Thunderstorm warnings extended with half a month of rain set to fall in one hour
Parts of southern England could experience more than half of September’s average rainfall in the space of an hour today, as thunderstorm warnings cover much of the country.
Exeter in Dorset and Taunton in Somerset were among the areas impacted by a small, brief amber thunderstorm warning until 4pm.
Homes and businesses in the area were ‘likely’ to be flooded in that area of England, the Met Office said, with fast-moving water posing a ‘danger to life’.
The weather agency added that public transport and driving conditions would probably be impacted by flooding or lightning strikes.
Meanwhile, two separate yellow warnings are in place across the south west of England and South Wales until 6pm today, and across London, the south east and east of England and the East Midlands until 6am on Monday.
In some parts of the country, it is predicted that 30mm to 40mm of rain could fall.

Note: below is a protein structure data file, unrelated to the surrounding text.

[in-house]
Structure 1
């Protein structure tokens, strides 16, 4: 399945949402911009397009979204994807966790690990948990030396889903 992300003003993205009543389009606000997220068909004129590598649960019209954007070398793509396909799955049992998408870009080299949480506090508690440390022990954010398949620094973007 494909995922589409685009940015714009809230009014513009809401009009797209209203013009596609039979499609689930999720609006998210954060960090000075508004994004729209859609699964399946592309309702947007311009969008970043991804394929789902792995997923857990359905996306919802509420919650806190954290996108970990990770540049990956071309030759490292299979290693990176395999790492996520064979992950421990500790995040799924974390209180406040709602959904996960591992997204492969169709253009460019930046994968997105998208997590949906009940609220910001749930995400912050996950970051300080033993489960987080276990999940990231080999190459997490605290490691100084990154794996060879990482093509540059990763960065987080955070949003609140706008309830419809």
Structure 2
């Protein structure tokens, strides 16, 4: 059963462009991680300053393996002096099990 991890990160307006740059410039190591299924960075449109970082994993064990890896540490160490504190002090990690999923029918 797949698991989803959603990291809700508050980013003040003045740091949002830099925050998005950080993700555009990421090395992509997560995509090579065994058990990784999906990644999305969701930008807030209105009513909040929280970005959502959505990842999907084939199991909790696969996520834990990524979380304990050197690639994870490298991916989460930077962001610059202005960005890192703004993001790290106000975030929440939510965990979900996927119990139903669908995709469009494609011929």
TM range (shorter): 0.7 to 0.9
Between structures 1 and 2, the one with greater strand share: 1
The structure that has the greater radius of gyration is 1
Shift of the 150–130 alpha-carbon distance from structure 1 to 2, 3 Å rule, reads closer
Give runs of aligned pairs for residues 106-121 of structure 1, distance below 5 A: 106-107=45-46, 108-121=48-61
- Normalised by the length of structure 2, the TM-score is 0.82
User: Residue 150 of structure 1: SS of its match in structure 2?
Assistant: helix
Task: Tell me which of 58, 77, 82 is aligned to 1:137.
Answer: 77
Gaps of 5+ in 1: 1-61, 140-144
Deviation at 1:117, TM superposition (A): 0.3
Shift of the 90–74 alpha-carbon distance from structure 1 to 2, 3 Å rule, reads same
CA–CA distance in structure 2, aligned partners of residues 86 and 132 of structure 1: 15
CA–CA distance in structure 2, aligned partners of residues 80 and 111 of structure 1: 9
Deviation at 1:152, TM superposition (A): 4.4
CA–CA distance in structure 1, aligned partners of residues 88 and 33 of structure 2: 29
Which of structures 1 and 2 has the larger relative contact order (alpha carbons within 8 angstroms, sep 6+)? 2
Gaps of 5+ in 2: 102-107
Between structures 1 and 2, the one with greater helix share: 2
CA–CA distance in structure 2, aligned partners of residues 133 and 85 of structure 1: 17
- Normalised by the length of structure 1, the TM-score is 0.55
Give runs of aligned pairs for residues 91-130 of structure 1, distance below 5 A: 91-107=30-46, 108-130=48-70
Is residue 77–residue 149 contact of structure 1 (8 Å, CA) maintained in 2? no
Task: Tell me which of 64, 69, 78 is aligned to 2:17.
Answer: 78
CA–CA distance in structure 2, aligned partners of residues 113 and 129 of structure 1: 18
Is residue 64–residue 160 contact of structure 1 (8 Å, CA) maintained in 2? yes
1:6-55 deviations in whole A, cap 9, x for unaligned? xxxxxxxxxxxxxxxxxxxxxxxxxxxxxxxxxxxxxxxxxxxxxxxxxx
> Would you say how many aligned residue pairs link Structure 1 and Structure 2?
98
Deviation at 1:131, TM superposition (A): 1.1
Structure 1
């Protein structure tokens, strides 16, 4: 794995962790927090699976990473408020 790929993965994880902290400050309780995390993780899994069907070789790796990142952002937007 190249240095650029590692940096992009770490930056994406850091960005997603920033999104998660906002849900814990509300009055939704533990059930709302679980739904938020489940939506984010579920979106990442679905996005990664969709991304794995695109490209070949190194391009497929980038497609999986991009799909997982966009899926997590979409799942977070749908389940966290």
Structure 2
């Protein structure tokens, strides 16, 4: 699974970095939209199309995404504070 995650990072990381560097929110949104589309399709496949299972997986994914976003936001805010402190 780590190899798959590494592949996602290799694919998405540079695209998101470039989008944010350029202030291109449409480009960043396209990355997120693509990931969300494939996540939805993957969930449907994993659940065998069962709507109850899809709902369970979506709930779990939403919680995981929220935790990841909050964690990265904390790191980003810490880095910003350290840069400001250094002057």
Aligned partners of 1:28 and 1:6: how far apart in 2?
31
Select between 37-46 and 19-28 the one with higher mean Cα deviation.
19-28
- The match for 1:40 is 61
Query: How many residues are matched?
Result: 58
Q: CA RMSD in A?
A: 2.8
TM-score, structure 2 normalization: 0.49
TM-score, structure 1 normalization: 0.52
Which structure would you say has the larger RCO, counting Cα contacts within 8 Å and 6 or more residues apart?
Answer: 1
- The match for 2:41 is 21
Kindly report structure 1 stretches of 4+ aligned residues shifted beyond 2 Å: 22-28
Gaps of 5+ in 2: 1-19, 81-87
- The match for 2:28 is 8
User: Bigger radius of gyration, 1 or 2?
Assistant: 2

That could amount to more than half of the average rainfall for September, which is 55mm to 60mm.
Heavy rain on Sunday morning brought ‘torrential downpours’ across the south-west of England, with localised flooding in south Devon – an area later covered by the amber warning.
Met Office meteorologist Jonathan Vautrey said ‘there is a chance these thunderstorms turn severe’, bringing ‘gusty winds with quite significant torrential rain’.
They will move relatively quickly, making it difficult to pin down where exactly will be worst affected, he said.
The forecaster added: ‘It is certainly worth keeping up to date with the forecast.
‘Although the warning area covers the whole south east of England, not everywhere in that region may see the most severe thunderstorms.
‘It is worth checking those things immediately before you head out on your journey so that you are aware where the most severe thunderstorms are possible.
‘Make sure you are taking care as the weather could change at very short lead times, and just be prepared for those gusty winds and potentially large hailstorms.’
Conditions are predicted to become fresher next week, though it may be ‘blustery at times’ as less severe minor remnants of Hurricane Lee pass over the UK towards the middle of next week.
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